Fifty percent nitrous oxide does not increase the risk of venous air embolism in neurosurgical patients operated upon in the sitting position

T. J. Losasso, D. A. Muzzi, N. M. Dietz, R. F. Cucchiara

Research output: Contribution to journalArticlepeer-review

50 Scopus citations

Abstract

Although nitrous oxide (N2O) should theoretically increase the severity of venous air embolism (VAE), data confirming this hazard in clinical situations are not available. The effect of 50% N2O on the incidence and severity of VAE and on the emergence time from anesthesia was evaluated in 300 neurosurgical patients operated upon while in the sitting position. Of these, 110 patients underwent craniectomy for posterior fossa pathology and 190 patients underwent cervical spine surgery (CSS). Patients were randomized to receive either 50% N2O in oxygen (O2) (N2O group) or O2 (no-N2O group) as part of an isoflurane-fentanyl-based anesthetic. In patients in the N2O group, N2O administration was discontinued immediately upon Doppler- detection of VAE and was reinstituted in not less than 30 min after resolution of the episode. The incidence of Doppler-detected VAE was significantly greater in the craniectomy group than the CSS group (43% vs. 7%, respectively; P < 0.001). N2O had no effect on the incidence of VAE or the severity of VAE as judged by the magnitude of the reduction in blood pressure during hemodynamically significant episodes of VAE, the volume of gas aspirated from the right atrial catheter during episodes of VAE, or the magnitude of the decrease in end-tidal carbon dioxide tension during episodes of VAE. Hemodynamically significant episodes of VAE (i.e., episodes associated with a reduction in systolic blood pressure of ≥ 15 mmHg) occurred in 17 of the 61 patients experiencing VAE (28%) and was not different between the N2O and no-N2O groups. Similarly, hemodynamically significant episodes of VAE (n = 18) accounted for 15% of all episodes of VAE (n = 118) and was not different between the N2O and no-N2O groups. Emergence time was not significantly different between the N2O and no-N2O groups, with mean times of 2 ± 6 and 3 ± 7 min (± SD), respectively. Emergence time was significantly longer in the craniectomy group than in the CSS group (5 vs. 1 min, respectively; P < 0.001). Within the craniectomy group, the incidence of Doppler-detected VAE was significantly less in patients with previous surgery at the operative site (21%) compared to patients without previous surgery at the operative site (47%). Postoperatively, no complications could be related to the use of N2O or directly attributed to the occurrence of VAE. The authors conclude that in neurosurgical patients operated upon while in the sitting position, 50% N2O has no measurable effect on the incidence or severity of VAE if its administration is discontinued immediately upon Doppler detection of VAE. In addition, when the anesthetic agents are administered so as to have the patient awake at the completion of surgery, use of 50% N2O to supplement an isoflurane-fentanyl-based anesthetic has no measurable effect on the emergence time from anesthesia.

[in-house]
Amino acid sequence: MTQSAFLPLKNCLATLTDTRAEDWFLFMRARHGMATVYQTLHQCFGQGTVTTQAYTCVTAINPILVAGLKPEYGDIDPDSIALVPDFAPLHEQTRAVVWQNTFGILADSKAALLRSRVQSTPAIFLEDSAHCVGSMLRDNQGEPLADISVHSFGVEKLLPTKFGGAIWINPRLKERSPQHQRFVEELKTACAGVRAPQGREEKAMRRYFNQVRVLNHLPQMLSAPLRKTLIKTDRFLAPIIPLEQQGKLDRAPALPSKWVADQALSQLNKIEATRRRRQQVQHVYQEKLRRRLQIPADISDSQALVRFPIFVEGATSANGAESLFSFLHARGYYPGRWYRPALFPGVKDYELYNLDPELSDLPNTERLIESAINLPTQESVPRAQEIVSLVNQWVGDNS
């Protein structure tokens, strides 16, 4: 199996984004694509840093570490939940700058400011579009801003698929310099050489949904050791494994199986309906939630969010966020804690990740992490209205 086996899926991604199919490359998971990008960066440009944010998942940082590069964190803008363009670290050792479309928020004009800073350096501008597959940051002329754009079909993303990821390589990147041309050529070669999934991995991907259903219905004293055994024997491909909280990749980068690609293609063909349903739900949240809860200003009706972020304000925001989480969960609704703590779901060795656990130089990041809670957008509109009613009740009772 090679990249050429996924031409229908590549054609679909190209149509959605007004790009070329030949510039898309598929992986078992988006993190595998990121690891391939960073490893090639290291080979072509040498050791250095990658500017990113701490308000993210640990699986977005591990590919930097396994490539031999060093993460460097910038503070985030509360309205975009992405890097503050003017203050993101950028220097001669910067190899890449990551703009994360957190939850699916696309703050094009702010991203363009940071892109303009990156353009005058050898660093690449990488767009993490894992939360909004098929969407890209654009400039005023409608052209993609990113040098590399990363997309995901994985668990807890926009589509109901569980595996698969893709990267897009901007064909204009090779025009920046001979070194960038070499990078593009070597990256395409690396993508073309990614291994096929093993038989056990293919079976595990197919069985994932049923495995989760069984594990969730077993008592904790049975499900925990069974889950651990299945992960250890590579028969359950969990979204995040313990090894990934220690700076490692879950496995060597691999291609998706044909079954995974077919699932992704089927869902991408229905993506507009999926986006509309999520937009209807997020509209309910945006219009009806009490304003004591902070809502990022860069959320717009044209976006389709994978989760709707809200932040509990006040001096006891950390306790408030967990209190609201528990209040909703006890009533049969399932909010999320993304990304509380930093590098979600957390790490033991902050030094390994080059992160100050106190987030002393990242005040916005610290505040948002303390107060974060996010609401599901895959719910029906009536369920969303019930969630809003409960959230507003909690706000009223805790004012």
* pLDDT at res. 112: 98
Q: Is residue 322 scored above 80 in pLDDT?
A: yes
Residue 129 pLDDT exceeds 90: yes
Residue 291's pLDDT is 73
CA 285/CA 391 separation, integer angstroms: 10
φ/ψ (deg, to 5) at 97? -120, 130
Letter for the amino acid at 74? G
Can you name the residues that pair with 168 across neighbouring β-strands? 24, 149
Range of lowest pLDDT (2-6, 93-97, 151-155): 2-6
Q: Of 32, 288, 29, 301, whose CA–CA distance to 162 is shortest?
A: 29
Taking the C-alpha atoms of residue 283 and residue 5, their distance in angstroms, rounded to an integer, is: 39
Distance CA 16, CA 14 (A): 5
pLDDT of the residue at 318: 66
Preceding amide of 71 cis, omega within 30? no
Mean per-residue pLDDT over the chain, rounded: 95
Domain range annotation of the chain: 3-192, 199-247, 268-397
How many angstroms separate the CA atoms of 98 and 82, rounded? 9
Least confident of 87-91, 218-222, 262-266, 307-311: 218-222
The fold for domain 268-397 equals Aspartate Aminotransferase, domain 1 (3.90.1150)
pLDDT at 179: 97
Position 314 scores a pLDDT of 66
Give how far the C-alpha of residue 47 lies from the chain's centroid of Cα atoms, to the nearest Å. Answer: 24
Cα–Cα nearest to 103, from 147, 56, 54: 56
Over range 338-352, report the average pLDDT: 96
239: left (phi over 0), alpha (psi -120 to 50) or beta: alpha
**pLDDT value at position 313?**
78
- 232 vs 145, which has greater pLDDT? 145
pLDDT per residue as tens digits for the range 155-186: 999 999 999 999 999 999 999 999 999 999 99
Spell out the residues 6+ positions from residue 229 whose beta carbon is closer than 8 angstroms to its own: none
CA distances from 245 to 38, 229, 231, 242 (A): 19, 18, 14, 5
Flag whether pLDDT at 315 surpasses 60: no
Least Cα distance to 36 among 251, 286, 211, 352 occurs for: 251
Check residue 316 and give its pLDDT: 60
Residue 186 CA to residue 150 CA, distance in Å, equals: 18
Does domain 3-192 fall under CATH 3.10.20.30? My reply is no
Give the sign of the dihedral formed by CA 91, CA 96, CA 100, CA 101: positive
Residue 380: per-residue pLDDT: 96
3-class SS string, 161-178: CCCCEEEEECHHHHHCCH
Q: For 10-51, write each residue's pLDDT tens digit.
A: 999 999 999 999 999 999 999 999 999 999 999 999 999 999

Original languageEnglish (US)
Pages (from-to)21-30
Number of pages10
JournalAnesthesiology
Volume77
Issue number1
DOIs
StatePublished - Jan 1 1992

Keywords

  • Anesthesia: neurosurgical
  • Anesthetics, gases: nitrous oxide
  • Complications: venous air embolism
  • Position: sitting

Fingerprint Dive into the research topics of 'Fifty percent nitrous oxide does not increase the risk of venous air embolism in neurosurgical patients operated upon in the sitting position'. Together they form a unique fingerprint.

Cite this